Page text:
Corson, Jr. v. State

Annotate this Case
Download PDF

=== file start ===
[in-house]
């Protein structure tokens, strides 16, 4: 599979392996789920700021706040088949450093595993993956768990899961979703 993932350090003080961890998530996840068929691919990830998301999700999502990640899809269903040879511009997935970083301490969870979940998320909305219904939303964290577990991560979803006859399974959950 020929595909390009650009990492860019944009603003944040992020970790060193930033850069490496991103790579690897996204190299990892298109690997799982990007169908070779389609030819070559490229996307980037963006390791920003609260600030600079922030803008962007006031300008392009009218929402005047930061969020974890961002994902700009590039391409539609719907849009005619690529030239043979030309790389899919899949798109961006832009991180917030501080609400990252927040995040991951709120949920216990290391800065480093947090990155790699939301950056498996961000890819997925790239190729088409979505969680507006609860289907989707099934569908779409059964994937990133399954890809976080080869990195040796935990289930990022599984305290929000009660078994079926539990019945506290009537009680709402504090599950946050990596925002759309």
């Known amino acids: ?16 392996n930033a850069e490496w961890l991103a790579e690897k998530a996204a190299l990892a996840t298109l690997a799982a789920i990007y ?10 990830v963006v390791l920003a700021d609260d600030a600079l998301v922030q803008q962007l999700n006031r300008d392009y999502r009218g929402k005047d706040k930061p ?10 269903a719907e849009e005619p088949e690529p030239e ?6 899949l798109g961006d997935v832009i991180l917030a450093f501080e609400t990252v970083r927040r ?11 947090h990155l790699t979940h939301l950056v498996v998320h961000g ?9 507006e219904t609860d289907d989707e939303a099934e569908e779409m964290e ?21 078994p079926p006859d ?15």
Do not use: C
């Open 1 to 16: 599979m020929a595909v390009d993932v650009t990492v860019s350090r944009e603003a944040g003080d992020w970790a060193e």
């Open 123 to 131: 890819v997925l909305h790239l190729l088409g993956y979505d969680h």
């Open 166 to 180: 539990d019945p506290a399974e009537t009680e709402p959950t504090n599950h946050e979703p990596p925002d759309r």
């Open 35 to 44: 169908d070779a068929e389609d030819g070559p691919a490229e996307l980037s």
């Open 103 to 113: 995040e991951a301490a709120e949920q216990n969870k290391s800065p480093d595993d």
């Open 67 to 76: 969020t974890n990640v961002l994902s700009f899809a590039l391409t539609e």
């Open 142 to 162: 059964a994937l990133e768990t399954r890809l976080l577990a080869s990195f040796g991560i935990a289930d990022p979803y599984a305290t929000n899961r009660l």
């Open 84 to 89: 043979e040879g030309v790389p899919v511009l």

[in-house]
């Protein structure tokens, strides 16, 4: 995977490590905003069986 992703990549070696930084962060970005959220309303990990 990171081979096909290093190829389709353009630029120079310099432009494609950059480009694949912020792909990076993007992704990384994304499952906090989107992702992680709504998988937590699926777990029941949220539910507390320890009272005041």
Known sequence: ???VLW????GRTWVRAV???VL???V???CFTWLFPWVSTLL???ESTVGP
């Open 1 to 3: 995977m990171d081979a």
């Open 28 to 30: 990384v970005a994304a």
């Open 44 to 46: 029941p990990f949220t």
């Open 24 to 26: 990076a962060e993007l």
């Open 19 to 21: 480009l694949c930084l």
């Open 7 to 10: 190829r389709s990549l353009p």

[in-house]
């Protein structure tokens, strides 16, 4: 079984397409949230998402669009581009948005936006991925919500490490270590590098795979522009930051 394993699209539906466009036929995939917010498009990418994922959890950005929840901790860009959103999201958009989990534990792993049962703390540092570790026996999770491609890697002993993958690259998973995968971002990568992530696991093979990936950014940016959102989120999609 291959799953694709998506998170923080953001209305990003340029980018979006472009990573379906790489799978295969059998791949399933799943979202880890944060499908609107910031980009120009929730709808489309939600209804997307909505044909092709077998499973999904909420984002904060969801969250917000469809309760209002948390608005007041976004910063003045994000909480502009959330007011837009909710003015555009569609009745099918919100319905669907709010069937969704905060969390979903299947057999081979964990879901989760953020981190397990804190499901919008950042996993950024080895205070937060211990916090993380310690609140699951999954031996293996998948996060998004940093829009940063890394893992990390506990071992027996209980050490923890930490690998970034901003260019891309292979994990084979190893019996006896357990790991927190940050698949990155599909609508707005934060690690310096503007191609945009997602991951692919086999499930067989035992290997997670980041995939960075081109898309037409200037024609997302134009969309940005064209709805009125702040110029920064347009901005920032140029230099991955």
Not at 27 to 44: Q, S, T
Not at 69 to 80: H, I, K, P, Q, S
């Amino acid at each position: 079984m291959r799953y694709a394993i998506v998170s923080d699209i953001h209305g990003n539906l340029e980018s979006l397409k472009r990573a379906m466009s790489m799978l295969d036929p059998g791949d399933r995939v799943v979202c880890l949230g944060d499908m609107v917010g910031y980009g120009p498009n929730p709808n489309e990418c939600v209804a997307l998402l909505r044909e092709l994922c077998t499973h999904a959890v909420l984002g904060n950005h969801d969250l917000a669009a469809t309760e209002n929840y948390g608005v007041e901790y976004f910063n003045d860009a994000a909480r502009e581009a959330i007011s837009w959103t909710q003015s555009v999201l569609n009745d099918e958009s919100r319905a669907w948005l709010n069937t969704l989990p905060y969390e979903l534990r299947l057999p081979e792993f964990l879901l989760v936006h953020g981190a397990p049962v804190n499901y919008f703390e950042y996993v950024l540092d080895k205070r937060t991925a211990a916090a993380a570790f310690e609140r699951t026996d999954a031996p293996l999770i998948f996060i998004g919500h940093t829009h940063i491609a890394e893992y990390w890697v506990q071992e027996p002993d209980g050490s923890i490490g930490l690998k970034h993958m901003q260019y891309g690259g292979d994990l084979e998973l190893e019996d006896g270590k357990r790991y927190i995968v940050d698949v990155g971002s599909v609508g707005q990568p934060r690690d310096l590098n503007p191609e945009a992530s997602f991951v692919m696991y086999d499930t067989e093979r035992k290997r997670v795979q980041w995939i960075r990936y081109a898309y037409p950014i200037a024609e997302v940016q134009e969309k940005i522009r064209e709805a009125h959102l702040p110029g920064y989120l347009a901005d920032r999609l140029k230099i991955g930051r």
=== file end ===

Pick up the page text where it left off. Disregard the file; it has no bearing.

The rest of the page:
NOT FINAL UNTIL TIME EXPIRES TO FILE REHEARING MOTION AND, IF FILED, DETERMINED IN THE DISTRICT COURT OF APPEAL OF FLORIDA SECOND DISTRICT PAUL WINSLOW CORSON, JR., ) ) Appellant, ) ) v. ) ) STATE OF FLORIDA, ) ) Appellee. ) ___________________________________ ) Case No. 2D08-2386 Opinion filed May 27, 2009. Appeal from the Circuit Court for Pinellas County; R. Timothy Peters, Judge. James Marion Moorman, Public Defender, and Jeffrey Sullivan, Special Assistant Public Defender, Bartow, for Appellant. Bill McCollum, Attorney General, Tallahassee, and Danilo Cruz-Carino, Assistant Attorney General, Tampa, for Appellee. LaROSE, Judge. Paul Winslow Corson, Jr., seeks a new trial on the charge of lewd or lascivious molestation of a child. He argues that the trial court abused its discretion in admitting factually dissimilar and unduly prejudicial collateral crimes evidence. We reverse. The State charged Mr. Corson with molesting six-year-old A.E. at Mr. Corson's home. The State filed a notice of intent to use Williams1 rule evidence of previous child molestation. Under section 90.404(2)(b)(1), Florida Statutes (2004), In a criminal case in which the defendant is charged with a crime involving child molestation, evidence of the defendant's commission of other crimes, wrongs, or acts of child molestation is admissible, and may be considered for its bearing on any matter to which it is relevant. The State's notice alleged that Mr. Corson had molested N.W. at his home when she was approximately six years old. The alleged molestation occurred about two to three months before the incident with A.E. The State also intended to call as a witness the doctor who examined N.W. Mr. Corson moved, in limine, to exclude the evidence because its prejudicial effect substantially outweighed its probative value. See ยง 90.403; McLean v. State, 934 So. 2d 1248 (Fla. 2006). At the hearing on the motion, the parties stipulated that the trial court could review the police reports, depositions, and other discovery material in making its ruling. The trial court deemed the evidence admissible. At Mr. Corson's trial, N.W. and the doctor testified at length about the alleged molestation of N.W. The jury convicted Mr. Corson. Mr. Corson concedes that some of the collateral crimes evidence may have been relevant and admissible. However, he argues that the trial court should have excluded the extensive evidence, especially that presented by the doctor, of dissimilar acts and events. We review the trial court's admission of Williams rule evidence for an abuse of discretion. Kulling v. State, 827 So. 2d 311, 313 (Fla. 2d DCA 2002); Macias v. State, 959 So. 2d 782, 783 (Fla. 4th DCA 2007). 1 Williams v. State, 110 So. 2d 654 (Fla. 1959). -2- As we explained in Foreman v. State, 965 So. 2d 1171, 1173-74 (Fla. 2d DCA 2007), relevancy is the threshold question of whether testimony proffered under section 90.404(2)(b)(1) is admissible. [T]he similarity of the prior act and the charged offense remains part of a court's analysis in determining whether to admit the evidence. . . . First, the less similar the prior acts, the less relevant they are to the charged crime, and therefore the less likely they will be admissible. Second, the less similar the prior acts, the more likely that the probative value of this evidence will be "substantially outweighed by the danger of unfair prejudice, confusion of issues, misleading the jury, or needless presentation of cumulative evidence." Id. at 1174 (quoting McLean, 934 So. 2d at 1259). In Foreman, no sufficient nexus existed between a prior touching incident and the charged crimes of capital sexual battery. Id. at 1175. "At best, the touching evidence tended solely to prove . . . bad character or propensity. . . ." Id. (citing section 90.404(2)(a)). We must guard against the " 'risk that a conviction will be based on the defendant's bad character or propensity to commit crimes, rather than on proof he committed the charged offense.' " Id. at 1175-76 (quoting Jones v. State, 944 So. 2d 533, 536 (Fla. 5th DCA 2006)). In contrast, in McLean, 934 So. 2d at 1253, a lewd molestation case, the trial court found that admission of all the collateral crimes evidence would be unduly prejudicial. Id. at 1263. The supreme court concluded that the trial court did not err in admitting limited portions of the evidence. Id. Here, Mr. Corson allegedly touched A.E. between her legs with his hand. N.W. testified to a similar incident. N.W. then detailed other alleged offenses that would have constituted capital sexual batteries. The doctor who examined N.W. also testified about possible penile to anal contact. No such crimes were charged as to A.E. Indeed, -3- as to Mr. Corson's alleged molestation of A.E. there was no physical evidence, there were no witnesses, and there were no incriminating statements. In closing, the State relied on the collateral crimes evidence presented by N.W. and the doctor. The State also stressed N.W.'s credibility in its rebuttal closing argument. The collateral crimes evidence became a focal point of the trial and involved acts more serious than the offenses for which Mr. Corson stood trial. See McLean, 934 So. 2d at 1262 (explaining trial court's critical gatekeeping function in assessing collateral crimes evidence where probative value must be balanced with unfairly prejudicial effect of the evidence and collateral crime testimony cannot become a feature of the trial); Seavey v. State, 34 Fla. L. Weekly D762 (Fla. 2d DCA April 15, 2009) (reversing lewd and lascivious molestation conviction for a new trial where collateral crimes evidence became an improper feature of the trial); Jones, 944 So. 2d at 535-36 (stating that the need to prevent collateral crime evidence from becoming a focal point is particularly great where alleged collateral crime evidence relates to more serious criminal offenses than those for which a defendant is on trial). We must also review the improper admission of collateral crime evidence for harmless error. Denmark v. State, 927 So. 2d 1079, 1082 (Fla. 2d DCA 2006). To show harmless error, the State must prove that there is "no reasonable possibility that the error contributed to the conviction." State v. DiGuilio, 491 So. 2d 1129, 1135 (Fla. 1986). We cannot conclude from the record that the admission of the collateral crimes evidence was harmless beyond a reasonable doubt. -4- Reversed and remanded for a new trial. SILBERMAN and WALLACE, JJ., Concur. -5-